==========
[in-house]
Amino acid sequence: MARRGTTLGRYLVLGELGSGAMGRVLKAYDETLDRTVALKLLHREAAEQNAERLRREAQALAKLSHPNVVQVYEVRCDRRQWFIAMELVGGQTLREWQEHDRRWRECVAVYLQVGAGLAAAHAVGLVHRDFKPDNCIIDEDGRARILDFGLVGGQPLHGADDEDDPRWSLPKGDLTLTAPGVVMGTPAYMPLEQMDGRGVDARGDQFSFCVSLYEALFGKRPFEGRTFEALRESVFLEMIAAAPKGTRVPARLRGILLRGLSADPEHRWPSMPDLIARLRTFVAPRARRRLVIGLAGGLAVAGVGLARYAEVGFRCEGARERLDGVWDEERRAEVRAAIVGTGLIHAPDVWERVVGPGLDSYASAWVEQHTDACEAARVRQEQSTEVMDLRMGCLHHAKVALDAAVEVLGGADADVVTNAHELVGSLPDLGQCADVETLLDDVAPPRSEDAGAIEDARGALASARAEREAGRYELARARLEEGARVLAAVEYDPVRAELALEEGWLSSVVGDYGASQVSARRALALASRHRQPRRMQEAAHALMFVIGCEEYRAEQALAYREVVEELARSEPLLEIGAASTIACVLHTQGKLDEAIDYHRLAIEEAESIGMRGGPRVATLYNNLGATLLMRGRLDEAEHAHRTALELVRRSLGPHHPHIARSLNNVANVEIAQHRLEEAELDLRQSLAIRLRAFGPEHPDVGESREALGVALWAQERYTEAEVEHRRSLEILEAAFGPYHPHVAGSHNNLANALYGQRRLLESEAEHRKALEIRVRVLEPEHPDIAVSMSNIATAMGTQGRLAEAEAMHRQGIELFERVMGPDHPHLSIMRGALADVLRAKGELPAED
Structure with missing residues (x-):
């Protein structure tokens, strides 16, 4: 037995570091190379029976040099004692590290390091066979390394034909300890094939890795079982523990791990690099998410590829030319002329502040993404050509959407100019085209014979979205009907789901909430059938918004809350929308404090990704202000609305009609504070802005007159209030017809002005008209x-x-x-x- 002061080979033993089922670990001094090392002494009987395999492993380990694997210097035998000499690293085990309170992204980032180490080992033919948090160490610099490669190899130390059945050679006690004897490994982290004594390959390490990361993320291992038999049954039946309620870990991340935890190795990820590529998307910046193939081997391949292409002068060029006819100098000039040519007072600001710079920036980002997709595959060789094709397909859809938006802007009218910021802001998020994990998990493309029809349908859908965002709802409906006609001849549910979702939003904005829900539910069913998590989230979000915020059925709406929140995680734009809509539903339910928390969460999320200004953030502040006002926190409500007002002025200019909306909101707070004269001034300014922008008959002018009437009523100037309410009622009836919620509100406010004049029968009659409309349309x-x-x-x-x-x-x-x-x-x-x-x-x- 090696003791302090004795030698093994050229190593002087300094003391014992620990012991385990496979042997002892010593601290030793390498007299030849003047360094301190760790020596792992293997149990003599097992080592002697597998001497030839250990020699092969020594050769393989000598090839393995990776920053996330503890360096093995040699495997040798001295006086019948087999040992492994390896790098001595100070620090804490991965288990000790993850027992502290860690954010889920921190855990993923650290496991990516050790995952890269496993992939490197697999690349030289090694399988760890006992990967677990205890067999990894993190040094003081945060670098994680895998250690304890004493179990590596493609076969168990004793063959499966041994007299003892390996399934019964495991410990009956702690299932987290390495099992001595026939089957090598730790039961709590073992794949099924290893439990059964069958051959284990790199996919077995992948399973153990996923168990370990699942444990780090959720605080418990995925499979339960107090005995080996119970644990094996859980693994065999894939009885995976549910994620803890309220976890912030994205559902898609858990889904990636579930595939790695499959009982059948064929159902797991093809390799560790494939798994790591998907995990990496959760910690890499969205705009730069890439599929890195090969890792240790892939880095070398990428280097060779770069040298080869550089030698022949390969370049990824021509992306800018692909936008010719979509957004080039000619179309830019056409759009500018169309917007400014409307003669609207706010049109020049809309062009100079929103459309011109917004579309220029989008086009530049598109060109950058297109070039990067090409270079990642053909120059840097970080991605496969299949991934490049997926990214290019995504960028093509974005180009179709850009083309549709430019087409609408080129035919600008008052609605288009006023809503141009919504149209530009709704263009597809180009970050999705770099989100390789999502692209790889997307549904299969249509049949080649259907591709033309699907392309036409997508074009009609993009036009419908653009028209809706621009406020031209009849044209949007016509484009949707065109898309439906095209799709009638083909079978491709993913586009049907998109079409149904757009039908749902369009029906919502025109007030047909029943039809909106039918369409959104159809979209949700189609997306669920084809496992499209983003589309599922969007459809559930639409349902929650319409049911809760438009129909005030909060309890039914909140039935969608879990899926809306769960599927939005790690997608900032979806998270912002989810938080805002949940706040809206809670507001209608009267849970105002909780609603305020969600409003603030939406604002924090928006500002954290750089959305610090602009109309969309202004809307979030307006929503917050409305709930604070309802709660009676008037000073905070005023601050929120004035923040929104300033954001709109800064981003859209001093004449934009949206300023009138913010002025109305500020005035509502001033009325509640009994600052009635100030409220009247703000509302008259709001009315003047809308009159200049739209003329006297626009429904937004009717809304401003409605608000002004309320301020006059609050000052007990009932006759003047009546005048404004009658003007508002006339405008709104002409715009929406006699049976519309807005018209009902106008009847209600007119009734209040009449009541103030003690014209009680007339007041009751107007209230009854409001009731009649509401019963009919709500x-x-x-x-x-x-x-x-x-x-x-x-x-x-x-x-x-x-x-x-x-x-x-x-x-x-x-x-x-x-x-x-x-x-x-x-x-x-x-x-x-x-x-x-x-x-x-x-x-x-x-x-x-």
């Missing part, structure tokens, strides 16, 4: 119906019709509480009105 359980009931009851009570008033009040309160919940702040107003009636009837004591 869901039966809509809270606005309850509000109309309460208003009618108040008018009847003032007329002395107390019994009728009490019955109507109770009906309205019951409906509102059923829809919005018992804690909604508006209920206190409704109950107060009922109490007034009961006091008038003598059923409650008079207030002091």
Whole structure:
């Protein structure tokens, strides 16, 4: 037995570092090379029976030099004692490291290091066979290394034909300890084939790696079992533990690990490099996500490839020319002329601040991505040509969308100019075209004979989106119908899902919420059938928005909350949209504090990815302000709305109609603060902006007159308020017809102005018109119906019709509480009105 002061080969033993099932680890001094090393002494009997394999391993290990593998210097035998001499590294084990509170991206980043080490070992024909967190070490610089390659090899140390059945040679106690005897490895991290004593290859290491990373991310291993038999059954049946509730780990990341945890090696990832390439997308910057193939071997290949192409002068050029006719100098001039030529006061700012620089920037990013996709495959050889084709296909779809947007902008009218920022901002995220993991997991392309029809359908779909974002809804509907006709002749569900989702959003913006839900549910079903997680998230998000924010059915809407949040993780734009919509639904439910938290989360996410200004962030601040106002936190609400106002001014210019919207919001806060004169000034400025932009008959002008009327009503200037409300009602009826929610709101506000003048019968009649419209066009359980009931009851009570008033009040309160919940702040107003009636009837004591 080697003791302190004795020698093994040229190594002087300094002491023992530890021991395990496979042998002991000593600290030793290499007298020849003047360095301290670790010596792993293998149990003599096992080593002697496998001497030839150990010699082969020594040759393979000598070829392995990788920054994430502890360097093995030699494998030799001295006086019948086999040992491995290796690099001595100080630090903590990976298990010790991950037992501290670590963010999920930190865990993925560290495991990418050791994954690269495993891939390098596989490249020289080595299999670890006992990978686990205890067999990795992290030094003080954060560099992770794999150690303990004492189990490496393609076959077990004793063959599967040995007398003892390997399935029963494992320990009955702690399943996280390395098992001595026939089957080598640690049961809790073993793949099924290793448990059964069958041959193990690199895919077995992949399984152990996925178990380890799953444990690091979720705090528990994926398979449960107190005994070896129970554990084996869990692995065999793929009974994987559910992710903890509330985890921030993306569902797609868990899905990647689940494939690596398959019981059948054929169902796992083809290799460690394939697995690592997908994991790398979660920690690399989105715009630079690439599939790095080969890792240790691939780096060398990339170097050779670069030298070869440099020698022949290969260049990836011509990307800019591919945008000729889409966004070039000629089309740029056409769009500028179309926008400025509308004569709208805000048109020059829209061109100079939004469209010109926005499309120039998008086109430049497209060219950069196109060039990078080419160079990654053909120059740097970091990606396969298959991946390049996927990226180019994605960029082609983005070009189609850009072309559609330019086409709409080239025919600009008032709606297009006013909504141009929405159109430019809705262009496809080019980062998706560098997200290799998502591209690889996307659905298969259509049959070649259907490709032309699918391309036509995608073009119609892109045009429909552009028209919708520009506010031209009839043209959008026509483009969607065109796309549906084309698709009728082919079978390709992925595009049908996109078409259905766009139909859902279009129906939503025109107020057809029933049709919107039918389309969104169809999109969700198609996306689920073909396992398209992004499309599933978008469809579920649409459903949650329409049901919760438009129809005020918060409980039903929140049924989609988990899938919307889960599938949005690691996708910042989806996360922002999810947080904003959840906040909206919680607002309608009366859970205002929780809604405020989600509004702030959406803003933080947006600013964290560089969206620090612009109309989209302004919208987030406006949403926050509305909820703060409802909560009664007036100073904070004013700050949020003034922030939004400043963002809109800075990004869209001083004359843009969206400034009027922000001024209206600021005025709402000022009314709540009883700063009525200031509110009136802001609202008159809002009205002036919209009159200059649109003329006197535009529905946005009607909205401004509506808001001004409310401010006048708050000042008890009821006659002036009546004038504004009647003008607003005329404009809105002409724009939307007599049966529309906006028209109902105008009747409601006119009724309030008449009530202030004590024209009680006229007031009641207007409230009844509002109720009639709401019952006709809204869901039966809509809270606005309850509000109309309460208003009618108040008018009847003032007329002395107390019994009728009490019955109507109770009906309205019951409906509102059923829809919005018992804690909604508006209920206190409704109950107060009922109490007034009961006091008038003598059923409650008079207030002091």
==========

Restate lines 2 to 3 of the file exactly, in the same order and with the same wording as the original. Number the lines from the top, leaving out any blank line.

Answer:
Amino acid sequence: MARRGTTLGRYLVLGELGSGAMGRVLKAYDETLDRTVALKLLHREAAEQNAERLRREAQALAKLSHPNVVQVYEVRCDRRQWFIAMELVGGQTLREWQEHDRRWRECVAVYLQVGAGLAAAHAVGLVHRDFKPDNCIIDEDGRARILDFGLVGGQPLHGADDEDDPRWSLPKGDLTLTAPGVVMGTPAYMPLEQMDGRGVDARGDQFSFCVSLYEALFGKRPFEGRTFEALRESVFLEMIAAAPKGTRVPARLRGILLRGLSADPEHRWPSMPDLIARLRTFVAPRARRRLVIGLAGGLAVAGVGLARYAEVGFRCEGARERLDGVWDEERRAEVRAAIVGTGLIHAPDVWERVVGPGLDSYASAWVEQHTDACEAARVRQEQSTEVMDLRMGCLHHAKVALDAAVEVLGGADADVVTNAHELVGSLPDLGQCADVETLLDDVAPPRSEDAGAIEDARGALASARAEREAGRYELARARLEEGARVLAAVEYDPVRAELALEEGWLSSVVGDYGASQVSARRALALASRHRQPRRMQEAAHALMFVIGCEEYRAEQALAYREVVEELARSEPLLEIGAASTIACVLHTQGKLDEAIDYHRLAIEEAESIGMRGGPRVATLYNNLGATLLMRGRLDEAEHAHRTALELVRRSLGPHHPHIARSLNNVANVEIAQHRLEEAELDLRQSLAIRLRAFGPEHPDVGESREALGVALWAQERYTEAEVEHRRSLEILEAAFGPYHPHVAGSHNNLANALYGQRRLLESEAEHRKALEIRVRVLEPEHPDIAVSMSNIATAMGTQGRLAEAEAMHRQGIELFERVMGPDHPHLSIMRGALADVLRAKGELPAED
Structure with missing residues (x-):